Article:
Not everyone "gets" New Orleans, not even folks born and bred in the city. I have friends who moved after Katrina and the federal flood and never looked back. Not that I blame them for moving, because having your house flood more than once is enough to cause one to wish never to have the experience again. I left New Orleans over 50 years ago, and I still look back with longing to the city of my birth, childhood, teen years, and college years. I will never get over moving away. But enough about me! I'm supposed to be selling Dan's book.

From the introduction to Nine Lives:

That New Orleans is like no place else in America goes way beyond the food, music, and architecture. New Orleanians don't even understand such fundamentals as time and money the way other the way other Americans do. The future, for example: while the rest of Americans famously dream and scheme and chase the horizon, New Orleanians are masters at the lost art of living in the moment. If we're doing okay this minute, goes the logic - enjoying one another's company, keeping cool, and maybe having something good to eat - of what earthly importance is tomorrow or next week? Given the fragility of life, why even count on getting there? New Orleanians are notoriously late showing up, if they show up at all, because by and large they don't keep calendars. Calendars are tools for managing the future, and in New Orleans the future doesn't exist.

And ain't that the truth? Grandpère and I have been at odds over money and time for nearly 49 years. We settle for truces, but we have never signed a peace treaty.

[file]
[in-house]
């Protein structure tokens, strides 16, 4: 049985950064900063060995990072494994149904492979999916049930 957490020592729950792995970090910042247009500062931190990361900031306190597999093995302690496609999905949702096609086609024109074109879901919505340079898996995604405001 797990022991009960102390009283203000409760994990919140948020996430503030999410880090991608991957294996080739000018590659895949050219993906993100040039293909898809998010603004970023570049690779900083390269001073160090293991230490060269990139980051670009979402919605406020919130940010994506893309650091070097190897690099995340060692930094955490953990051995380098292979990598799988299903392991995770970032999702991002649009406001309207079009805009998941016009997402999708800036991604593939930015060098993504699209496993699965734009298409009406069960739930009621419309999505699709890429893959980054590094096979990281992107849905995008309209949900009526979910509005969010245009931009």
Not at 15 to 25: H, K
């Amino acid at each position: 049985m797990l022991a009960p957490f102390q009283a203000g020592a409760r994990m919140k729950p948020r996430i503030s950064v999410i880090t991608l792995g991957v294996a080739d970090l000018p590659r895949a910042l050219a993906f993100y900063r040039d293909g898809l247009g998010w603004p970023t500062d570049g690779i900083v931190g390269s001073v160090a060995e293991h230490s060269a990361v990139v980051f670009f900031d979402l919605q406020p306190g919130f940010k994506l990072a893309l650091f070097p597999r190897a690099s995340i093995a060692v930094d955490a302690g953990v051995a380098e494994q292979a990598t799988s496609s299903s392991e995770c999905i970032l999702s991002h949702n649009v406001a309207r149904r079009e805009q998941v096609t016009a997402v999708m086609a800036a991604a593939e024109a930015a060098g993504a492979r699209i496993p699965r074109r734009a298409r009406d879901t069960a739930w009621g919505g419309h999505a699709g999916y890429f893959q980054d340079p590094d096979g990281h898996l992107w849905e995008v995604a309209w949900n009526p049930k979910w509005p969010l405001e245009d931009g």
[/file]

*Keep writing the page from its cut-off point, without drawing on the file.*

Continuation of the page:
From Rebecca Wright, originally from Thibodaux, a character in the book:

Cousins showed up often from Thibodaux, looking for a better life in the city. Ronald [Rebecca's adopted son] knew times when five or ten might be packed into the house, covering the living room floor like dead soldiers, standing around the table at mealtimes, spooning up Mama's rice and gravy, and talking in plantation accents that struck his ear like music. They'd tell of hog killings, alligators as long as Cadillacs, and hot pones sticky with molasses. Everybody would be shouting and laughing until Rebecca, standing over the stove with her spatula, hushed them all by snapping, "When I die, do not bring me back to that place."

Like Rebecca, I want my ashes in New Orleans. I haven't decided where yet. Perhaps my ashes could join my sister Gayle's ashes in City Park, where we spent so much time as kids. But once again, this is about Dan's book. See how easily I drift into telling stories?